#endif /* SCHEDULER_H_ */

The init function is called once at system startup, tasks are defined once during the program setup using Scheduler_StartTask, and the dispatch function is called as often as possible in the main loop.  The tasks are prioritized according to when the start task function was called for that task: if two tasks are scheduled to run at the same time, the task that was started first is given priority.  The scheduler is implemented for Arduino as follows:

/*
 * scheduler.cpp
 *
 *  Created on: 17-Feb-2011
 *      Author: nrqm
 *      Based on code by Jacob Schwartz
 */
#include "scheduler.h"
 
#include "arduino/Arduino.h"
#include <avr/interrupt.h>
 
typedef struct
{
	int32_t period;
	int32_t remaining_time;
	uint8_t is_running;
	task_cb callback;
} task_t;
 
task_t tasks[MAXTASKS];
 
uint32_t last_runtime;
 
void Scheduler_Init()
{
	last_runtime = millis();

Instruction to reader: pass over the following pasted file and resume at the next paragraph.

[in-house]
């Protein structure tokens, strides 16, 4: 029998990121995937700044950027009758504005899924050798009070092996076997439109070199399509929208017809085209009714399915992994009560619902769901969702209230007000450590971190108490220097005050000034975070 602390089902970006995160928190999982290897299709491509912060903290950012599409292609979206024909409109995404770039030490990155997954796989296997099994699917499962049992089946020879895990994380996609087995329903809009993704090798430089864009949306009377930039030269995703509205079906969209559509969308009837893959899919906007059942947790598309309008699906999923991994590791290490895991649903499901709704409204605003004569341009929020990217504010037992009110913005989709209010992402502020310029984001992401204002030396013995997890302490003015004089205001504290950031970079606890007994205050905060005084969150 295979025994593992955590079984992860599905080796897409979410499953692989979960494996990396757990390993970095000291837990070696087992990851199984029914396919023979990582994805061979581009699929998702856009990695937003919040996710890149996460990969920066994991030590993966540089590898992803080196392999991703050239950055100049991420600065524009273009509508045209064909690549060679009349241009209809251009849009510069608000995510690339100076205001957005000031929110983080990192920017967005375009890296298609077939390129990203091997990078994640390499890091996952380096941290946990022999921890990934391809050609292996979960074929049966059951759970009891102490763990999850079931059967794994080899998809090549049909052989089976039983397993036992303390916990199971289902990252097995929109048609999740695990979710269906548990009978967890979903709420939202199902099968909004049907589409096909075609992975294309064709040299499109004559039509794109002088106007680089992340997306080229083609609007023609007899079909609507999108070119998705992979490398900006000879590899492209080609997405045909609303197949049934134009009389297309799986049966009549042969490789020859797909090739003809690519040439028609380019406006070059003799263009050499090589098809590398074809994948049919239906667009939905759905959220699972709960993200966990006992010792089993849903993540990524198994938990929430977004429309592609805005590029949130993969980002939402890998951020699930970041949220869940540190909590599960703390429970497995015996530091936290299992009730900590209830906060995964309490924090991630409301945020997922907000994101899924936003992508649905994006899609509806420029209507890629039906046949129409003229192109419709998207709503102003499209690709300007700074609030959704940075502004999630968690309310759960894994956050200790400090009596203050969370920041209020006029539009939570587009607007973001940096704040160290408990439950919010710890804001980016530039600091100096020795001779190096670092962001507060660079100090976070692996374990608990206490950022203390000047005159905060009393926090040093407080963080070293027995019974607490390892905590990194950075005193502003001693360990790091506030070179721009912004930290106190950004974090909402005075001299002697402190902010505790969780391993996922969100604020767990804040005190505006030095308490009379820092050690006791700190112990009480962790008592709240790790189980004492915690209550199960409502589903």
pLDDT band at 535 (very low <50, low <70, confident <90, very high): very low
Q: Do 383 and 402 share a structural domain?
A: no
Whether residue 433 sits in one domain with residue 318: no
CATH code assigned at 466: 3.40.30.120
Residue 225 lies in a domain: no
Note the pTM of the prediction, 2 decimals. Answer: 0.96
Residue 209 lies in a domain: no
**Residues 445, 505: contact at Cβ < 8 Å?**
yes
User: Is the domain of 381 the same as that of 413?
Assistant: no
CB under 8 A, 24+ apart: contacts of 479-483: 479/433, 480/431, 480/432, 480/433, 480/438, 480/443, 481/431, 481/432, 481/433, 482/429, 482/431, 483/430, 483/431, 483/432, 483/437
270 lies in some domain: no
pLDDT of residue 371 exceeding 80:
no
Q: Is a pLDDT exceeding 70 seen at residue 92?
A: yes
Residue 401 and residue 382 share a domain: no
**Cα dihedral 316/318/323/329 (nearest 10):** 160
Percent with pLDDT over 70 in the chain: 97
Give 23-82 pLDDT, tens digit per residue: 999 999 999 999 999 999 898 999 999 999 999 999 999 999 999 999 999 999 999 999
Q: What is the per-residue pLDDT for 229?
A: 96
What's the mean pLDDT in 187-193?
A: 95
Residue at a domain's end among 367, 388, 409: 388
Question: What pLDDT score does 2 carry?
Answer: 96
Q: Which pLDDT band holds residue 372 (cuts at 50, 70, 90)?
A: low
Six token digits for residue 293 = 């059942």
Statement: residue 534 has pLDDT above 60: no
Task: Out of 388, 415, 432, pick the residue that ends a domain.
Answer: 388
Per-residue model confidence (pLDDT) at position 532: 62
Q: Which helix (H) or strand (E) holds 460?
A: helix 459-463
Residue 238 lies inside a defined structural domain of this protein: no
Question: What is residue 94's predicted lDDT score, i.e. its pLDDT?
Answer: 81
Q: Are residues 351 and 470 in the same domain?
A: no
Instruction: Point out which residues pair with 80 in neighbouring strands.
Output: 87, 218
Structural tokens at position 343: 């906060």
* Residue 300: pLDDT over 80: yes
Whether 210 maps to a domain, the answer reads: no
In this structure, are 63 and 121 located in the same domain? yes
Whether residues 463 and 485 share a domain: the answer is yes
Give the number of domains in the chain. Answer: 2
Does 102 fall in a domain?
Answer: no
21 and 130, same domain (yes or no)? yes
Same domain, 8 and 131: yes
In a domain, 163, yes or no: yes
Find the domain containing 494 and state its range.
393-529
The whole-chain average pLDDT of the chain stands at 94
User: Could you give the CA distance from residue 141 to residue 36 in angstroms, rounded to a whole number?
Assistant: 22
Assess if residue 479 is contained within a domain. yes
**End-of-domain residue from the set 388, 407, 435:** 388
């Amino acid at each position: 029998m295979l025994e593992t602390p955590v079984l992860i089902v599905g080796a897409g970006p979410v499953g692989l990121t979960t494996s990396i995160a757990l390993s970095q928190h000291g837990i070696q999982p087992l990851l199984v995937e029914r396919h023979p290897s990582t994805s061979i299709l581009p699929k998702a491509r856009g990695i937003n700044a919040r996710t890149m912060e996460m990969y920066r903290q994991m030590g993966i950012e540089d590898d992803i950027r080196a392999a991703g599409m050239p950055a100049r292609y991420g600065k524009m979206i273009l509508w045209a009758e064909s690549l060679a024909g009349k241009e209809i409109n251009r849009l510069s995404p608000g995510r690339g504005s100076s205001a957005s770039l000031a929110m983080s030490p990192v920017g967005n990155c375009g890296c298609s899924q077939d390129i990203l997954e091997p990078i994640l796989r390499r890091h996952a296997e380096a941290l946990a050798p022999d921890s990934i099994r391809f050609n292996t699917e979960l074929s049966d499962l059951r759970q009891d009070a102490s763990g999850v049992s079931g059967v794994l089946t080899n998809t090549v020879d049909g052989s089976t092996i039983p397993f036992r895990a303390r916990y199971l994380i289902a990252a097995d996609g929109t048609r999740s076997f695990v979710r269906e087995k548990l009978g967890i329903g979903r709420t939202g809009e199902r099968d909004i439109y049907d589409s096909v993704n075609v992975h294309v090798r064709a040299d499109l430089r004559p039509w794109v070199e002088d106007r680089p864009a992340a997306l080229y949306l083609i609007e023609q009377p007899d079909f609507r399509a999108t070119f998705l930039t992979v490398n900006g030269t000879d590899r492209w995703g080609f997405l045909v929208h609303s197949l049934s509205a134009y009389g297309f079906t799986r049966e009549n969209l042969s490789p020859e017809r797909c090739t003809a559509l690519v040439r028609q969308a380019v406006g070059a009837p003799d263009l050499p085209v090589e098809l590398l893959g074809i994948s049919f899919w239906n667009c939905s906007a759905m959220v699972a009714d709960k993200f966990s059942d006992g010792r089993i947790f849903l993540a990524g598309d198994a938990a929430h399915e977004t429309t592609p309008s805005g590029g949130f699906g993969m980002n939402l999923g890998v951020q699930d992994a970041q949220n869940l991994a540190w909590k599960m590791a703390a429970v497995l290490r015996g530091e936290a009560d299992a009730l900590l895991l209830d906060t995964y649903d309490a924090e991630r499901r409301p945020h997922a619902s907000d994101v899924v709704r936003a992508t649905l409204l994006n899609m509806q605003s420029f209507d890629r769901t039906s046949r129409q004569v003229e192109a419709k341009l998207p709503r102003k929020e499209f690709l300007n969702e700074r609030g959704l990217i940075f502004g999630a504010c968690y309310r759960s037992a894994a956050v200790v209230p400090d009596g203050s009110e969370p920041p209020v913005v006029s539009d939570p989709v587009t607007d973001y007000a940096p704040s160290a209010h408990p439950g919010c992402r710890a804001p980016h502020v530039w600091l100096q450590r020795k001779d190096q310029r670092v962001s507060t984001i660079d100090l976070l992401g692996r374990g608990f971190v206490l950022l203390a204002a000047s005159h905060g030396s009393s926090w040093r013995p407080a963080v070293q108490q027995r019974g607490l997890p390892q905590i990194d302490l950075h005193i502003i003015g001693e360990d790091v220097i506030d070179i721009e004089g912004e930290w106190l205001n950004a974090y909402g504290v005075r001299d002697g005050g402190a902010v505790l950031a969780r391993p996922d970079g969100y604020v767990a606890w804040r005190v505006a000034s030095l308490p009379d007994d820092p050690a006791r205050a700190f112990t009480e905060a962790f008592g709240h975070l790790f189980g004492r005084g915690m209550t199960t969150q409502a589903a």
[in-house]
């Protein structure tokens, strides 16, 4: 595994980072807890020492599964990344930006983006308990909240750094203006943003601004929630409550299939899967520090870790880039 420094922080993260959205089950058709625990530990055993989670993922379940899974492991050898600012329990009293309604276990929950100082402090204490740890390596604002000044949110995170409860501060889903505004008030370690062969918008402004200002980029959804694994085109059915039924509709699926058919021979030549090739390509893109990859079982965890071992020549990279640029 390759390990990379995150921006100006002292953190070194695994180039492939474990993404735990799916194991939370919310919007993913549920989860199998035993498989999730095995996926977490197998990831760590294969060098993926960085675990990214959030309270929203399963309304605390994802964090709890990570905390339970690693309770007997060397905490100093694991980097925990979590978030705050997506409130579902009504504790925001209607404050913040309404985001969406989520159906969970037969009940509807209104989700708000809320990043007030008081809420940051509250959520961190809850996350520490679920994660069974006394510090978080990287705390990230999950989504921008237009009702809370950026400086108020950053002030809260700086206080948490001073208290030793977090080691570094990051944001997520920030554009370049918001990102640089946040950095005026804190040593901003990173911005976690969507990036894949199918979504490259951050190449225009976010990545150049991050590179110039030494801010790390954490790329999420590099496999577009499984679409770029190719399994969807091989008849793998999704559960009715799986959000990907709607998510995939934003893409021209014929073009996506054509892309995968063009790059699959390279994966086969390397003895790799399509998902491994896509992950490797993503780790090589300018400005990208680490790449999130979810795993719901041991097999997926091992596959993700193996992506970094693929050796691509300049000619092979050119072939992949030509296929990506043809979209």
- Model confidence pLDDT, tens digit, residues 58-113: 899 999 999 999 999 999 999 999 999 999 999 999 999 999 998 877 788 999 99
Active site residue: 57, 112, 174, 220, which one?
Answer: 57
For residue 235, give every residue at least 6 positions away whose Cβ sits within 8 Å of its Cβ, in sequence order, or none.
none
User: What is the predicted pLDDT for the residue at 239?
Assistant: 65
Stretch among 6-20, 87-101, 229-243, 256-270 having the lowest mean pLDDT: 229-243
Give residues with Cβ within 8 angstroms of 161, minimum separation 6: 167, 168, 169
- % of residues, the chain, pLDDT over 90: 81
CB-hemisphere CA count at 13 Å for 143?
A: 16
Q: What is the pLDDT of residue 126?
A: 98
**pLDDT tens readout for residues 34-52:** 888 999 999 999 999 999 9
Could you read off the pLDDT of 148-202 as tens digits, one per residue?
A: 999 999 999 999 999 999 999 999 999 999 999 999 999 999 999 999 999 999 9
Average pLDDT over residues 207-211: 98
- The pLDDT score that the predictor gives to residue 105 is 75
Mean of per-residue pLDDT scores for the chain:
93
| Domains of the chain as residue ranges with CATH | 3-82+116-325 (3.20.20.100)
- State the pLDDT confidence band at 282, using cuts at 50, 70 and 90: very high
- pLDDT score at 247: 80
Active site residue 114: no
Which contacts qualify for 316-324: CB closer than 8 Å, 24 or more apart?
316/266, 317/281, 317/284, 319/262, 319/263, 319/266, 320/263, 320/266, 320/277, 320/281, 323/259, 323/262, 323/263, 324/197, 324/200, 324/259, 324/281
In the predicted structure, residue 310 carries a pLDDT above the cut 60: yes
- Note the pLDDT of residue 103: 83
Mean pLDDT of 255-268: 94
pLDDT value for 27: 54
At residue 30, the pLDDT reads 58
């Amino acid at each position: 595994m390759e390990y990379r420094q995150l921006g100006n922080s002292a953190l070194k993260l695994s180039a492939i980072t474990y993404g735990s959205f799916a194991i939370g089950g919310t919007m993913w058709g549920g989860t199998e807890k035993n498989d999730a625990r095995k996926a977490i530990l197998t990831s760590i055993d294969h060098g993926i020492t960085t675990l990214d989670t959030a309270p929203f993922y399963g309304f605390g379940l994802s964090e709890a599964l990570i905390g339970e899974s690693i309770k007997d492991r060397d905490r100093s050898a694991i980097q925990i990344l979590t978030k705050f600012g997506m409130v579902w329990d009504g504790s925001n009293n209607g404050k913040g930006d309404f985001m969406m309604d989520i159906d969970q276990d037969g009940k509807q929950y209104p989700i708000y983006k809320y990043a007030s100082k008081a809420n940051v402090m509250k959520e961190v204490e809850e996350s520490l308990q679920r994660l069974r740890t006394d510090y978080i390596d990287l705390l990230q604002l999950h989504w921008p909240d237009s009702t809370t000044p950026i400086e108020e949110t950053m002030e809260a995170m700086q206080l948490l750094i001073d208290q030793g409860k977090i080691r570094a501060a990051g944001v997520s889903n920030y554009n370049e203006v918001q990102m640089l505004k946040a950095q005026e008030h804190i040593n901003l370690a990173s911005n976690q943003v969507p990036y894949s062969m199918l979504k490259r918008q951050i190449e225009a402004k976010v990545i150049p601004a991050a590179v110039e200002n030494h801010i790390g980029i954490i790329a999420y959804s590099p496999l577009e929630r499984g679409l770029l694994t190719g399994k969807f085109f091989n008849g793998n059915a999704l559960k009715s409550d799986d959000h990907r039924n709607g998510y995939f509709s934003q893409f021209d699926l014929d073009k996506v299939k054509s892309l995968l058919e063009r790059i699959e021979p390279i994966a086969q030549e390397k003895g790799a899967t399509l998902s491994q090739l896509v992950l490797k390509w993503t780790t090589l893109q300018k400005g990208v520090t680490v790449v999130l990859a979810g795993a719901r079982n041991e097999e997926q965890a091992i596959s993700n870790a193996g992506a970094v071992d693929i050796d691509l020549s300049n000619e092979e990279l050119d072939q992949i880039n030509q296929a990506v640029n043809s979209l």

}
 
void Scheduler_StartTask(int16_t delay, int16_t period, task_cb task)
{
	static uint8_t id = 0;
	if (id < MAXTASKS)
	{
		tasks[id].remaining_time = delay;
		tasks[id].period = period;
		tasks[id].is_running = 1;
		tasks[id].callback = task;
		id++;
	}
}
 
uint32_t Scheduler_Dispatch()
{
	uint8_t i;
 
	uint32_t now = millis();
	uint32_t elapsed = now - last_runtime;
	last_runtime = now;
	task_cb t = NULL;
	uint32_t idle_time = 0xFFFFFFFF;
 
	// update each task's remaining time, and identify the first ready task (if there is one).
	for (i = 0; i < MAXTASKS; i++)
	{
		if (tasks[i].is_running)
		{
			// update the task's remaining time
			tasks[i].remaining_time -= elapsed;
			if (tasks[i].remaining_time <= 0)
			{
				if (t == NULL)
				{
					// if this task is ready to run, and we haven't already selected a task to run,
					// select this one.
					t = tasks[i].callback;
					tasks[i].remaining_time += tasks[i].period;
				}
				idle_time = 0;
			}
			else
			{
				idle_time = min((uint32_t)tasks[i].remaining_time, idle_time);
			}
		}
	}
	if (t != NULL)
	{
		// If a task was selected to run, call its function.
		t();
	}
	return idle_time;
}